A new reapportionment map that redraws state legislative districts was adopted Tuesday by the state reapportionment commission, and if ratified by the state Supreme Court, it would create two primaries between El Paso County Republican legislators in next year’s election.

House Majority Leader Amy Stephens, R-Monument, would face off against Rep. Marsha Looper, R-Calhan, and Senate Minority Leader Bill Cadman, R-Colorado Springs, would have to run against Sen. Keith King, R-Colorado Springs.

Colorado Springs Republicans blasted the map as “blatantly partisan.”

“This is the most unbelievable exercise I’ve ever seen in my 12 years in the Legislature,” said Sen. King. “This is the ugly side of partisan politics.”

Majority Leader Stephens called the map a “political fiasco.”

“We don’t have any historic precedence for this. That’s why it’s so egregious,” said Stephens.

Stephens also may have reason to worry. Rep. Looper made it clear Tuesday afternoon that she has zero intention of backing down. Just hours after the commission approved the map, Looper issued a statement declaring her run for re-election.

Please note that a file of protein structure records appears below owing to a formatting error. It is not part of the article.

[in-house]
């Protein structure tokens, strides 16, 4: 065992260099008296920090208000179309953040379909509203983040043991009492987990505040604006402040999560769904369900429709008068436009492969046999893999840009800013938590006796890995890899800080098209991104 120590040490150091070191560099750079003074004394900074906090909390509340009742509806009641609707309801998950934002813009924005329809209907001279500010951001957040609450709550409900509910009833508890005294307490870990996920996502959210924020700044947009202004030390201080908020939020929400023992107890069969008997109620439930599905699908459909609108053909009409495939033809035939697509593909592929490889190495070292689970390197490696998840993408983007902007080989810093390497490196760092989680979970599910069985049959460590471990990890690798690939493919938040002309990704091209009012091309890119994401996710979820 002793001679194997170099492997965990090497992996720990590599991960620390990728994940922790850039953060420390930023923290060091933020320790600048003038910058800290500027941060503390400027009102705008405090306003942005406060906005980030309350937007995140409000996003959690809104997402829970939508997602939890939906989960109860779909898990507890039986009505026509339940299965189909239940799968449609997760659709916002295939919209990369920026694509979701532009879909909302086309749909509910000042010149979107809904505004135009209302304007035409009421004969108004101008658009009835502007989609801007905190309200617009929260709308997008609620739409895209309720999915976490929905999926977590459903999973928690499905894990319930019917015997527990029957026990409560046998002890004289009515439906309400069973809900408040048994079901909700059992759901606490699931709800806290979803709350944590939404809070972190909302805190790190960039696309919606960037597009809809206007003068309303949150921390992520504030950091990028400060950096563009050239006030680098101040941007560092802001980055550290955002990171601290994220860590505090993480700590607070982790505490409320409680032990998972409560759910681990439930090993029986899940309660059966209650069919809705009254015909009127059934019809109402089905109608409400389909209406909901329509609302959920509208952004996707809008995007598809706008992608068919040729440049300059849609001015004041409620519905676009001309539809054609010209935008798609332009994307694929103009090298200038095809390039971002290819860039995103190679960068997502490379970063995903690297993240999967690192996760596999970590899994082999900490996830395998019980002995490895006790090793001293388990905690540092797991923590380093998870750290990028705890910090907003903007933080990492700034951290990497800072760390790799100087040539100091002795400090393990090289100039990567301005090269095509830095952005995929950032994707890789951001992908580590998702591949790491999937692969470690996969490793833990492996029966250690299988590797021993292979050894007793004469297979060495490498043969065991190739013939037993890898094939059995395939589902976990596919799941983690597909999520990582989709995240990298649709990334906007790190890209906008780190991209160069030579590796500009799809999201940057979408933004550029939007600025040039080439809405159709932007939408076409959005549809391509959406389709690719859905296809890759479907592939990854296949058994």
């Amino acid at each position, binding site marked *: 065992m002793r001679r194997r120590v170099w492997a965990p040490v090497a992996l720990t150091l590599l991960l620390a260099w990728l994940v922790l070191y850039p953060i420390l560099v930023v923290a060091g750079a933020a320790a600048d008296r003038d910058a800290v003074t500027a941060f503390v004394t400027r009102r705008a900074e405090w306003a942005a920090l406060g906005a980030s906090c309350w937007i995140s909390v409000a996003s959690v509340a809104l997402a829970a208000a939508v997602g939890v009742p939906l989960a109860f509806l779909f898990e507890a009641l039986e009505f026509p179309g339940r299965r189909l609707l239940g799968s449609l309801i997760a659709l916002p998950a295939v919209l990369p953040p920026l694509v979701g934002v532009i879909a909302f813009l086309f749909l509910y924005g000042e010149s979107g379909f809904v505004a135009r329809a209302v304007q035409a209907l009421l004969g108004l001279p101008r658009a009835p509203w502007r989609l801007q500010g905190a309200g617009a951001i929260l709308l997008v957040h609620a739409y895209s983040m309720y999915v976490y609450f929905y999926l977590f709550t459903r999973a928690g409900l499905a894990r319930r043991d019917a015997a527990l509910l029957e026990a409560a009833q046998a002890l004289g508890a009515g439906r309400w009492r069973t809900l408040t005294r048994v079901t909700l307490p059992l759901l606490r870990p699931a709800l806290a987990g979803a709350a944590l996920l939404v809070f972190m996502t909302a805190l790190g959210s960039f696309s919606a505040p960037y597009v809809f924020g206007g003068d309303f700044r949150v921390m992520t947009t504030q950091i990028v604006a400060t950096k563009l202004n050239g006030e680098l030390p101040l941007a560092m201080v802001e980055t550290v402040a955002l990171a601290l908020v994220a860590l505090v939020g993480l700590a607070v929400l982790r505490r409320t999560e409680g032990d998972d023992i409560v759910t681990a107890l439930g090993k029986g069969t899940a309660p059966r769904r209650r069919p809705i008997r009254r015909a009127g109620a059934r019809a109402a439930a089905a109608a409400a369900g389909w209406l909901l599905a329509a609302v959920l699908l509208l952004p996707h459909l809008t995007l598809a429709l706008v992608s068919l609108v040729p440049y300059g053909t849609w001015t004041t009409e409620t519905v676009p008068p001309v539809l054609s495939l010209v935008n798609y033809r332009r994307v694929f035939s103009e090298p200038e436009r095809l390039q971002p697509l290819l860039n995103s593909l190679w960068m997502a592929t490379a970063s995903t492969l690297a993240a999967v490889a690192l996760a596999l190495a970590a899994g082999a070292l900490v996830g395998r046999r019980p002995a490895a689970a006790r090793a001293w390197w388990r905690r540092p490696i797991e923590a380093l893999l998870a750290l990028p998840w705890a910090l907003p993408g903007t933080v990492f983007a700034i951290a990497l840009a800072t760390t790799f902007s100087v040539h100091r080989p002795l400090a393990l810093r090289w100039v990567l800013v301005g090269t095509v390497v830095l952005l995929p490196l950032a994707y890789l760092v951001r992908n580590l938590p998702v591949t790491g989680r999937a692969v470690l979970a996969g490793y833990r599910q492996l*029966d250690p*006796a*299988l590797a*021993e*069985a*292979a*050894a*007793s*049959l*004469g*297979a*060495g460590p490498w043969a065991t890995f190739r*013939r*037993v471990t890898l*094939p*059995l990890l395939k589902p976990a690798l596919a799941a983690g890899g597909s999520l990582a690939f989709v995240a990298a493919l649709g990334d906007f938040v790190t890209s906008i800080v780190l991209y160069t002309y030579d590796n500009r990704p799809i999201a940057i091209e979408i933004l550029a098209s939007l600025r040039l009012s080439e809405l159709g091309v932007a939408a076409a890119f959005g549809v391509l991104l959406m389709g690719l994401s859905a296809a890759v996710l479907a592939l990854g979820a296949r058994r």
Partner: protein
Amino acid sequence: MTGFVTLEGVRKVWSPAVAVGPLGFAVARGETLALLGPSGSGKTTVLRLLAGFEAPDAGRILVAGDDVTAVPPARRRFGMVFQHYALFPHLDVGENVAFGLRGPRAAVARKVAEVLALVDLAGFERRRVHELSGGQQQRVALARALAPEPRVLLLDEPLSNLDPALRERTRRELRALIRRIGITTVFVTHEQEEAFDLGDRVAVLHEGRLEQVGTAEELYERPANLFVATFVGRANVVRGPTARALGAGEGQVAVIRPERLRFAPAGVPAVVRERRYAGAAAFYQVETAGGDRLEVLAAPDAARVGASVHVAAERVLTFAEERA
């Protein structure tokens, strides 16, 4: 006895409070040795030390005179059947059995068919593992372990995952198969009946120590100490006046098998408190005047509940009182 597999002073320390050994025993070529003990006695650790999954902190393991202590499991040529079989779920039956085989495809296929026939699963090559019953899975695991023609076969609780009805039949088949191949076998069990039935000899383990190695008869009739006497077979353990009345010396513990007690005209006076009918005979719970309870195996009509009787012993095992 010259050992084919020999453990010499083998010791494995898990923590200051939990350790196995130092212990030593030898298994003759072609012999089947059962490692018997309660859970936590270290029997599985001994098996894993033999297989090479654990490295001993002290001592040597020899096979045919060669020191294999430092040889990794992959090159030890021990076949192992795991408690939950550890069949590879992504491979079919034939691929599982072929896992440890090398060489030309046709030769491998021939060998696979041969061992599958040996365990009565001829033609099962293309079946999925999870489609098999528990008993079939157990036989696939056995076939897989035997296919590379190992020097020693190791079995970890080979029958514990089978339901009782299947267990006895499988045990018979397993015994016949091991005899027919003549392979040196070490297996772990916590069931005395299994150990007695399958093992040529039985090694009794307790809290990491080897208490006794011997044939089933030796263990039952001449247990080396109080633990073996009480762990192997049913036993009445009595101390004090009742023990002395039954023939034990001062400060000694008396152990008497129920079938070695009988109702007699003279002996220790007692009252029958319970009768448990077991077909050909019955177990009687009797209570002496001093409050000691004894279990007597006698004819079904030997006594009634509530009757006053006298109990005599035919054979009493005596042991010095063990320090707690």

“This is my district,” she said pointedly. “I’m very effective, and I plan on continuing to represent the people here.”

Commission member Sen. Morgan Carroll, D-Aurora, said the Republicans should “quit whining.”

Carroll also said the final map also pairs several incumbent Democrats in the same districts. Democratic Sens. Joyce Foster and Pat Steadman of Denver would share a district in the map. Democratic state Reps. Andy Kerr and Max Tyler would share a district with Republican Rep. Ken Summers. All three of them are from Lakewood.

“We’re hearing from our side on this, too,” said Carroll. “That tells you something.”

The court has already rejected one map by the commission, and could send this one back as well.

But Colorado College political science Professor Bob Loevy, one of the commission’s Republican members, said the map was a “done deal.” The Democrats’ map meets all of the standards issued by the state Supreme Court, and so there’s no reason to think the court won’t approve it, Loevy said.

“That was the most skillful part of the strategy that was used against Republicans. That can’t be appealed,” said Loevy.

“So all we can do is say, ‘Gosh, that was a nasty thing to do.’”

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